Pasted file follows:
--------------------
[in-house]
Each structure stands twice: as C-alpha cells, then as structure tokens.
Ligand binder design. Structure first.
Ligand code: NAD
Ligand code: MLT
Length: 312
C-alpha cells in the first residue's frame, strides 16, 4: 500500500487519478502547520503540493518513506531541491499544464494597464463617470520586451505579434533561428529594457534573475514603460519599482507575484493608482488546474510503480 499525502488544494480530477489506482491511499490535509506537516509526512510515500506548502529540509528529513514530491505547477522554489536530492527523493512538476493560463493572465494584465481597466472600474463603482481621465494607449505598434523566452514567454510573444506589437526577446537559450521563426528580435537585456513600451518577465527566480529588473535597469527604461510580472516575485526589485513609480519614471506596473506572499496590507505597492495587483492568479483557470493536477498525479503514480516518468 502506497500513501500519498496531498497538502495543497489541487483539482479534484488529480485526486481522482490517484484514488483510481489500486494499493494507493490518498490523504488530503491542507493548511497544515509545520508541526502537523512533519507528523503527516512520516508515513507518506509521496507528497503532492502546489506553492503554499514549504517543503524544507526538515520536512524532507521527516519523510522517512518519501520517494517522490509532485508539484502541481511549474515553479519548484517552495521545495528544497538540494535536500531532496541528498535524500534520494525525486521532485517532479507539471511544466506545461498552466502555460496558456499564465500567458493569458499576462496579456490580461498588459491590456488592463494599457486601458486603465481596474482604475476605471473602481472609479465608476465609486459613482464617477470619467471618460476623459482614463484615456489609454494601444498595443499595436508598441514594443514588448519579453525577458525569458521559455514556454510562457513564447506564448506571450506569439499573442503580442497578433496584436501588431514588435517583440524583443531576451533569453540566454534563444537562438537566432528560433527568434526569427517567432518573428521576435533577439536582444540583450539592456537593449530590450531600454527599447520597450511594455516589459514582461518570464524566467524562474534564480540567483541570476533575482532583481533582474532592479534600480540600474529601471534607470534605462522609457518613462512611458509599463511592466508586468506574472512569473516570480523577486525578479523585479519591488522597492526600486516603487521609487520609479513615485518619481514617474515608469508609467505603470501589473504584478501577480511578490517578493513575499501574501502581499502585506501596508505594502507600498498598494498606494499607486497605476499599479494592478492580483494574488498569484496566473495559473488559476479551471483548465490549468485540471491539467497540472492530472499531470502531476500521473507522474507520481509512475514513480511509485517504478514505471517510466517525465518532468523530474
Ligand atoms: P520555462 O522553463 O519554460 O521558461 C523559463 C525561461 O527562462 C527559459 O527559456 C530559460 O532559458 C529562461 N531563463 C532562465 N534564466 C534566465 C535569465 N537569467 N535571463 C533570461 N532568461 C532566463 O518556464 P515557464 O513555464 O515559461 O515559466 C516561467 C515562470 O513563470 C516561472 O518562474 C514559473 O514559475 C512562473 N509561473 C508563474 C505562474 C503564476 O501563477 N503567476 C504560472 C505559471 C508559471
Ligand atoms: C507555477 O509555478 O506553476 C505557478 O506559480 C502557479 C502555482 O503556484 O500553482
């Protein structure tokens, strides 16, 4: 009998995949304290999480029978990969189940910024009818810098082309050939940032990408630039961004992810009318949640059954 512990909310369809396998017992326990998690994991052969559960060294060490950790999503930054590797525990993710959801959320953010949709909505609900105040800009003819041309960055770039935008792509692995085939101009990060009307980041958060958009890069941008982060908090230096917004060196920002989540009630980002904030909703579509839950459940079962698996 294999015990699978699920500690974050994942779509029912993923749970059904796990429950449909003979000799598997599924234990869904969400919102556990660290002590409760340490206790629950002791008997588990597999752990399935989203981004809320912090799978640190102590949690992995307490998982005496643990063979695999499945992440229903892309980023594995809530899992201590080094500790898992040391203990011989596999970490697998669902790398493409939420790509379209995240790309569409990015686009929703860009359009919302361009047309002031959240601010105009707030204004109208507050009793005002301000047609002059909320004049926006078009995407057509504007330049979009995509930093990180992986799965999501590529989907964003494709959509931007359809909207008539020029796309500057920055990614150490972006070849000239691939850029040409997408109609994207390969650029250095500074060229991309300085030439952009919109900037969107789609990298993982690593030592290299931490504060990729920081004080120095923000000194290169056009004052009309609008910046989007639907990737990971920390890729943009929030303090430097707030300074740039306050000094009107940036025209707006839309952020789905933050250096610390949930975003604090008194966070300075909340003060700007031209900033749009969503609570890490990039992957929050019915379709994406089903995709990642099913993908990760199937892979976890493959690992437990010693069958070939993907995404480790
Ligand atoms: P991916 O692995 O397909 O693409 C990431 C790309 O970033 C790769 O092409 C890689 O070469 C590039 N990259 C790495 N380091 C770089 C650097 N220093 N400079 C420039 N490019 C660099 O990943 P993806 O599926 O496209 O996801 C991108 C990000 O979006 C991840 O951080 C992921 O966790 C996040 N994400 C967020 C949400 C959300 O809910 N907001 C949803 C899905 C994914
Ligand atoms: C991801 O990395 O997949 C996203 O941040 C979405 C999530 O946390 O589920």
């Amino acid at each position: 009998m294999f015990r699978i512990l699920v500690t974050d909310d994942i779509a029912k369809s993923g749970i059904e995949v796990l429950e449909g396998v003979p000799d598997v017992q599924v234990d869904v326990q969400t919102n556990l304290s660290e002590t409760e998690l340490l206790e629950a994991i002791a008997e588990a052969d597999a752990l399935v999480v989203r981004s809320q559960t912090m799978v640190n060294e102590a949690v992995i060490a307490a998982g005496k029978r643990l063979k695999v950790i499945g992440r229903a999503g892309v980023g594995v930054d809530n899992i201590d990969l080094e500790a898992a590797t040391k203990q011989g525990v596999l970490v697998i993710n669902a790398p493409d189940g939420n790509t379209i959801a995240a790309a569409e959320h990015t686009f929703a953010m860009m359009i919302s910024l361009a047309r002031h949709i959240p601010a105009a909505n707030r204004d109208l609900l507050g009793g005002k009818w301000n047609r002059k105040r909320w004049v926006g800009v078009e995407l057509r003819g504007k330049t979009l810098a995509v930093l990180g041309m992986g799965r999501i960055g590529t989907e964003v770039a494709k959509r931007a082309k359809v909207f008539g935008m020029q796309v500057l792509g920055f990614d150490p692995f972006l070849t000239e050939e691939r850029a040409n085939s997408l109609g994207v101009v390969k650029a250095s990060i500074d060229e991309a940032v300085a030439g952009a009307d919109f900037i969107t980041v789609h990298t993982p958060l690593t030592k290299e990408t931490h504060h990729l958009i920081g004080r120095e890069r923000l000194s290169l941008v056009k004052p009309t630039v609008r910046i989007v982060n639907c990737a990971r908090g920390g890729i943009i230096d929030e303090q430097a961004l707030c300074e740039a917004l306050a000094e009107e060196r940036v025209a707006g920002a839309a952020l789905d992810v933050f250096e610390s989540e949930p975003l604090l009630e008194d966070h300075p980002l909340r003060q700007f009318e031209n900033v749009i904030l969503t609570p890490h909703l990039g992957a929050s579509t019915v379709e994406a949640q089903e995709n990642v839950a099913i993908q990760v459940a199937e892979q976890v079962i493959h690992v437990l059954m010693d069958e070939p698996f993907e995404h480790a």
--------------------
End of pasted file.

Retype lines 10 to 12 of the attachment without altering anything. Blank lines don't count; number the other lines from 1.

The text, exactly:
């Protein structure tokens, strides 16, 4: 009998995949304290999480029978990969189940910024009818810098082309050939940032990408630039961004992810009318949640059954 512990909310369809396998017992326990998690994991052969559960060294060490950790999503930054590797525990993710959801959320953010949709909505609900105040800009003819041309960055770039935008792509692995085939101009990060009307980041958060958009890069941008982060908090230096917004060196920002989540009630980002904030909703579509839950459940079962698996 294999015990699978699920500690974050994942779509029912993923749970059904796990429950449909003979000799598997599924234990869904969400919102556990660290002590409760340490206790629950002791008997588990597999752990399935989203981004809320912090799978640190102590949690992995307490998982005496643990063979695999499945992440229903892309980023594995809530899992201590080094500790898992040391203990011989596999970490697998669902790398493409939420790509379209995240790309569409990015686009929703860009359009919302361009047309002031959240601010105009707030204004109208507050009793005002301000047609002059909320004049926006078009995407057509504007330049979009995509930093990180992986799965999501590529989907964003494709959509931007359809909207008539020029796309500057920055990614150490972006070849000239691939850029040409997408109609994207390969650029250095500074060229991309300085030439952009919109900037969107789609990298993982690593030592290299931490504060990729920081004080120095923000000194290169056009004052009309609008910046989007639907990737990971920390890729943009929030303090430097707030300074740039306050000094009107940036025209707006839309952020789905933050250096610390949930975003604090008194966070300075909340003060700007031209900033749009969503609570890490990039992957929050019915379709994406089903995709990642099913993908990760199937892979976890493959690992437990010693069958070939993907995404480790
Ligand atoms: P991916 O692995 O397909 O693409 C990431 C790309 O970033 C790769 O092409 C890689 O070469 C590039 N990259 C790495 N380091 C770089 C650097 N220093 N400079 C420039 N490019 C660099 O990943 P993806 O599926 O496209 O996801 C991108 C990000 O979006 C991840 O951080 C992921 O966790 C996040 N994400 C967020 C949400 C959300 O809910 N907001 C949803 C899905 C994914
Ligand atoms: C991801 O990395 O997949 C996203 O941040 C979405 C999530 O946390 O589920």